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The Thorny Topic of Tubeless Tyres!

 

 

I’m a big fan of tubeless tyres and have them on both my road bike and my mountain bike. I can understand why people might not see the benefit or need on a road bike but on a mountain bike they can be a real ride-saver. Here in this post I show why.

I went for a bike ride with my wife some weeks back, just cycle paths to a local cafe, nothing extreme. But on the way back we must have ridden through some thorny hedge trimmings because the following morning when my wife went to get her bike out of the garage for work, one of her tyres was flat. She went by car and I repaired the puncture later on. The thorn in question had gone through both sides of the inner tube and I had to use two patches to get her back on her bike. She then recounted how, in retrospect, the bike did feel strange towards the end of the ride. So clearly it had begun deflating near the end of our ride – had this been a longer ride or had the thorn been ridden over early on then a trail-side repair would have been necessary. Or worst case scenario, some other form of transport home!

The thorn
The thorn

After that same ride I put my bike away in the garage and thought nothing of it. Sure when I was repairing my wife’s bike I glanced across at mine and checked the tyre’s had pressure in them. Also when I go into the garage I often give the tyres a quick squeeze as I go past and I didn’t notice anything untoward. So it wasn’t until a week or so later that I spotted a thorn and bit of attached branch sticking out of my rear tyre. It seems that on that same ride I too had got a thorn in my tyre, the difference being that mine had stayed up and was now continuing to remain inflated even weeks later. This really is one of the main benefits of tubeless on a mountain bike. You’re not immune to punctures entirely but you stand a much better chance of completing your rides without having to do trail side repairs. In fact thinking back I cannot remember having to do any trail-side puncture repairs on this pair of tyres at all. That’s over 5 years and over 10,000 km of trouble free riding. Sure I’ve had thorns in the past that I’ve removed and had to reseal the holes but always done at home when I’ve chosen to.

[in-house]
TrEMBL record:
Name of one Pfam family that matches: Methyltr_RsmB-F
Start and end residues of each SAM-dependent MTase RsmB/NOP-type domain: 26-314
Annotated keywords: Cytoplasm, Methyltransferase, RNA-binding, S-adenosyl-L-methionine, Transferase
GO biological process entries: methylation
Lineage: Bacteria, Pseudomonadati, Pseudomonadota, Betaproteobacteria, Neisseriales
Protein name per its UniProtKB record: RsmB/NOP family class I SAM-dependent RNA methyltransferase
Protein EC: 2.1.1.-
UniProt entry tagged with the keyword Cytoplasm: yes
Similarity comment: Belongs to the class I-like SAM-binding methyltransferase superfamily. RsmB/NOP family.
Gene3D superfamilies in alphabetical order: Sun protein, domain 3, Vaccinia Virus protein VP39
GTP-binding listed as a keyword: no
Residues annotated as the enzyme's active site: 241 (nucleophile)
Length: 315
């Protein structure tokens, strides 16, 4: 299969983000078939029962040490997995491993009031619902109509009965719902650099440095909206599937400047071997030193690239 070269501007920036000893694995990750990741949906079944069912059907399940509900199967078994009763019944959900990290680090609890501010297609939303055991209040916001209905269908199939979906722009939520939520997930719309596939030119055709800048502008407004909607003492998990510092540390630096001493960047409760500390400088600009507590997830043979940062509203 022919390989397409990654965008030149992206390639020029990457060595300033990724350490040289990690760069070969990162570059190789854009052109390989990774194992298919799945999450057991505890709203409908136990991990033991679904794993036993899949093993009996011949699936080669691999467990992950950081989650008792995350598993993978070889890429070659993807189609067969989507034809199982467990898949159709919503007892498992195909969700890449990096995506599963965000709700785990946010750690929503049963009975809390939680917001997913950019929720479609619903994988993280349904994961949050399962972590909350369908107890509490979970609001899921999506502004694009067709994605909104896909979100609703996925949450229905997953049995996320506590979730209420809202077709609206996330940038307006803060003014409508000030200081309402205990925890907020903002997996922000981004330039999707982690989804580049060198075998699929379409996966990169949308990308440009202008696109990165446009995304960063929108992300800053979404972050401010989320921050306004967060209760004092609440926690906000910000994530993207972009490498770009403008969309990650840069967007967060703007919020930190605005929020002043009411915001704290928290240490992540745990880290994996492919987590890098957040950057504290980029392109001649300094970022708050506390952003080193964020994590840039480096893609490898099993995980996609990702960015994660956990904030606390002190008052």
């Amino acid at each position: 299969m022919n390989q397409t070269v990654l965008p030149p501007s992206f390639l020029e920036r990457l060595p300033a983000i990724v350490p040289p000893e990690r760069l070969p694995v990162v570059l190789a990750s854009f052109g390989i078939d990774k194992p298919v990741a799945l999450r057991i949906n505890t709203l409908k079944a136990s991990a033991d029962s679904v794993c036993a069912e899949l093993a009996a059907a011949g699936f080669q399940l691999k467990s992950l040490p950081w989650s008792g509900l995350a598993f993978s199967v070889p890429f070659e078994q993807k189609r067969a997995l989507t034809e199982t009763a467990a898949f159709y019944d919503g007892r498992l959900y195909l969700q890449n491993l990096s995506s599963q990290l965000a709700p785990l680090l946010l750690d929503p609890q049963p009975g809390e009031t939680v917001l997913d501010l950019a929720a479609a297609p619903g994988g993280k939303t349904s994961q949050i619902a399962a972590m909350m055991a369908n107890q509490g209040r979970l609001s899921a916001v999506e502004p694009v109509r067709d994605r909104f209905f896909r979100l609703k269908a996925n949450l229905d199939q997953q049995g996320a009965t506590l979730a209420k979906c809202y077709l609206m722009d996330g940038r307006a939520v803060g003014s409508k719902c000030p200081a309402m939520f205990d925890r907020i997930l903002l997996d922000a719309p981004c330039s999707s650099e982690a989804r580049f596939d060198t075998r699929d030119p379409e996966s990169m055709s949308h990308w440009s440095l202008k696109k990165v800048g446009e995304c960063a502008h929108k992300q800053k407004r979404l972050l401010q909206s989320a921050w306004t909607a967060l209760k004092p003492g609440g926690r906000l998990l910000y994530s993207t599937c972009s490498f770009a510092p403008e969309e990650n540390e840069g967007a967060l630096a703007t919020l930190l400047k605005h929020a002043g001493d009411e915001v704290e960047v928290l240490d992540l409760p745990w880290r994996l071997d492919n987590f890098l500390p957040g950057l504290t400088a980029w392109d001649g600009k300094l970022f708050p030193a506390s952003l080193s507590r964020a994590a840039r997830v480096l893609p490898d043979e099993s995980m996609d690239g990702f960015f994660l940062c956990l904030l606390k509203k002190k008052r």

The thorn in my tyre
The thorn in my tyre

I could have just left the thorn where it was I suppose. It would have continued to remain sealed in the rubber unless something dislodged it. The danger there being that I find myself on a long ride somewhere and it does indeed get dislodged. I do carry a spare inner tube anyway, so it wouldn’t be an actual disaster though all the same. But on this particular day I was in thorn pulling mood. Watch the video below to see the result. Note, that I hadn’t topped up the sealant for a couple of years so all that appears to come out of the hole is a dribble of muddy water.

Well that was quite a gust. The tyre was flat in seconds. As a result of not having kept on top of the sealant in the tyre regularly which I know a lot of riders of tubeless tyres do, this particular hole didn’t self seal straight away which would have been a nice end to the video. However I didn’t then have to take the tyre off at all to get it to seal and pump up to pressure. All I did was put a bit of fresh sealant in (20 mL of Caffelatex) added a bit of air and rotated the hole to the bottom. Then let the sealant do it’s work. I take out the valve core (use a tool like this) and use a 10 mL syringe (like this) to put the sealant into the tyre. It does cause a bit of a mess on the floor as it dribbles out of the hole to start with but I just mop it up afterwards, I’m in the garage anyway so it’s not like I’m doing this in a lounge or kitchen. I then left it sat like that overnight and pumped it up again. Now I have a tyre back up to 30 psi and holding pressure really well. This is over my usual riding pressure, so I have no need to pump it any further.

If the tyre didn’t hold pressure then the solution would have been to remove it from the rim and put a patch on the inside of the tyre. You can get patches that are made specifically for tyres rather than tubes – like these. As it happens in my example, this tyre is well past it’s best anyway. You can see in the photos that the rubber has crazed and the central tread is almost non-existent so it’s new tyre time anyway. I will probably change the tyres over to a new set in the New Year. Also I noticed a bulge on the tyre side wall where the casing threads are coming out too.

This one needs replacing anyway
This one needs replacing anyway

So I’ve bought myself a new set of tubeless ready tyres and will be fitting them shortly. If you’ve been following my Twitter feed you’ll know the make and model, to be fair the range of options are now quite limited for a bike still on the old 26″ wheel size and with the requirement of ‘tubeless ready’. Once I’ve fitted them I’ll do an initial impressions review on here so watch out for that coming soon!

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